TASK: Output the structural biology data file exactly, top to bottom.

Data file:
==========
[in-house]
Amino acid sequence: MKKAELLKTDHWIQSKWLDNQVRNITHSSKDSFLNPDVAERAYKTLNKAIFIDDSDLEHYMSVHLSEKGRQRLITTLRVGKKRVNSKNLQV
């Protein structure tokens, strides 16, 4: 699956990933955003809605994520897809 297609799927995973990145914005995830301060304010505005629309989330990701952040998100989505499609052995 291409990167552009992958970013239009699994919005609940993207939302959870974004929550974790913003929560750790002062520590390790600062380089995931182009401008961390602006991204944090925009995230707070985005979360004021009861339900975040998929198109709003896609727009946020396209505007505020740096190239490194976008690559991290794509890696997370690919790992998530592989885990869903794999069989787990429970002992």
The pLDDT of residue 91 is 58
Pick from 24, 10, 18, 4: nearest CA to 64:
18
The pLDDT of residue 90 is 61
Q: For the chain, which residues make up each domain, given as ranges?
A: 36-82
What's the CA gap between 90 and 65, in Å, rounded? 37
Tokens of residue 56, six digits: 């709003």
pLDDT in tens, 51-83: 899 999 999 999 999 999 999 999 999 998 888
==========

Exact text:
[in-house]
Amino acid sequence: MKKAELLKTDHWIQSKWLDNQVRNITHSSKDSFLNPDVAERAYKTLNKAIFIDDSDLEHYMSVHLSEKGRQRLITTLRVGKKRVNSKNLQV
């Protein structure tokens, strides 16, 4: 699956990933955003809605994520897809 297609799927995973990145914005995830301060304010505005629309989330990701952040998100989505499609052995 291409990167552009992958970013239009699994919005609940993207939302959870974004929550974790913003929560750790002062520590390790600062380089995931182009401008961390602006991204944090925009995230707070985005979360004021009861339900975040998929198109709003896609727009946020396209505007505020740096190239490194976008690559991290794509890696997370690919790992998530592989885990869903794999069989787990429970002992």
The pLDDT of residue 91 is 58
Pick from 24, 10, 18, 4: nearest CA to 64:
18
The pLDDT of residue 90 is 61
Q: For the chain, which residues make up each domain, given as ranges?
A: 36-82
What's the CA gap between 90 and 65, in Å, rounded? 37
Tokens of residue 56, six digits: 């709003």
pLDDT in tens, 51-83: 899 999 999 999 999 999 999 999 999 998 888